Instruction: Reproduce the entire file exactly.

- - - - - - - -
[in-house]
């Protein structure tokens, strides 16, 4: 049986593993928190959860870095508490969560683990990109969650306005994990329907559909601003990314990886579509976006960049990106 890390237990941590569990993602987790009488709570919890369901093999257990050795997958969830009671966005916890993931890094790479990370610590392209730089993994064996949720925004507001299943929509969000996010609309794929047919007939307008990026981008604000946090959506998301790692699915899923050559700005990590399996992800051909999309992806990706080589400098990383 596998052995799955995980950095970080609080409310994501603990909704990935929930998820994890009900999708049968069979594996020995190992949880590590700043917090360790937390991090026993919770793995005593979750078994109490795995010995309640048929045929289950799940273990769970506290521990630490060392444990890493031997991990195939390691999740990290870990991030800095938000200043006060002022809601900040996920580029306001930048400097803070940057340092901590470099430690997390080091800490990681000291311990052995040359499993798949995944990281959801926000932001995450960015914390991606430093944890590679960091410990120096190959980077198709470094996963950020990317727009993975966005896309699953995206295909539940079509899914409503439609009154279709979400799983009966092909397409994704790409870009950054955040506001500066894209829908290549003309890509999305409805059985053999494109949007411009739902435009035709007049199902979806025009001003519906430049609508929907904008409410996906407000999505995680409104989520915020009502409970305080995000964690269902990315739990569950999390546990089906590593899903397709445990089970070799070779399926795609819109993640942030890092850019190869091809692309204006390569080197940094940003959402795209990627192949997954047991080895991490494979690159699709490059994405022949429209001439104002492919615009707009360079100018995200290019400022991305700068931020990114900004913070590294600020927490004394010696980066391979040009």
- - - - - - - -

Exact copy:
[in-house]
């Protein structure tokens, strides 16, 4: 049986593993928190959860870095508490969560683990990109969650306005994990329907559909601003990314990886579509976006960049990106 890390237990941590569990993602987790009488709570919890369901093999257990050795997958969830009671966005916890993931890094790479990370610590392209730089993994064996949720925004507001299943929509969000996010609309794929047919007939307008990026981008604000946090959506998301790692699915899923050559700005990590399996992800051909999309992806990706080589400098990383 596998052995799955995980950095970080609080409310994501603990909704990935929930998820994890009900999708049968069979594996020995190992949880590590700043917090360790937390991090026993919770793995005593979750078994109490795995010995309640048929045929289950799940273990769970506290521990630490060392444990890493031997991990195939390691999740990290870990991030800095938000200043006060002022809601900040996920580029306001930048400097803070940057340092901590470099430690997390080091800490990681000291311990052995040359499993798949995944990281959801926000932001995450960015914390991606430093944890590679960091410990120096190959980077198709470094996963950020990317727009993975966005896309699953995206295909539940079509899914409503439609009154279709979400799983009966092909397409994704790409870009950054955040506001500066894209829908290549003309890509999305409805059985053999494109949007411009739902435009035709007049199902979806025009001003519906430049609508929907904008409410996906407000999505995680409104989520915020009502409970305080995000964690269902990315739990569950999390546990089906590593899903397709445990089970070799070779399926795609819109993640942030890092850019190869091809692309204006390569080197940094940003959402795209990627192949997954047991080895991490494979690159699709490059994405022949429209001439104002492919615009707009360079100018995200290019400022991305700068931020990114900004913070590294600020927490004394010696980066391979040009």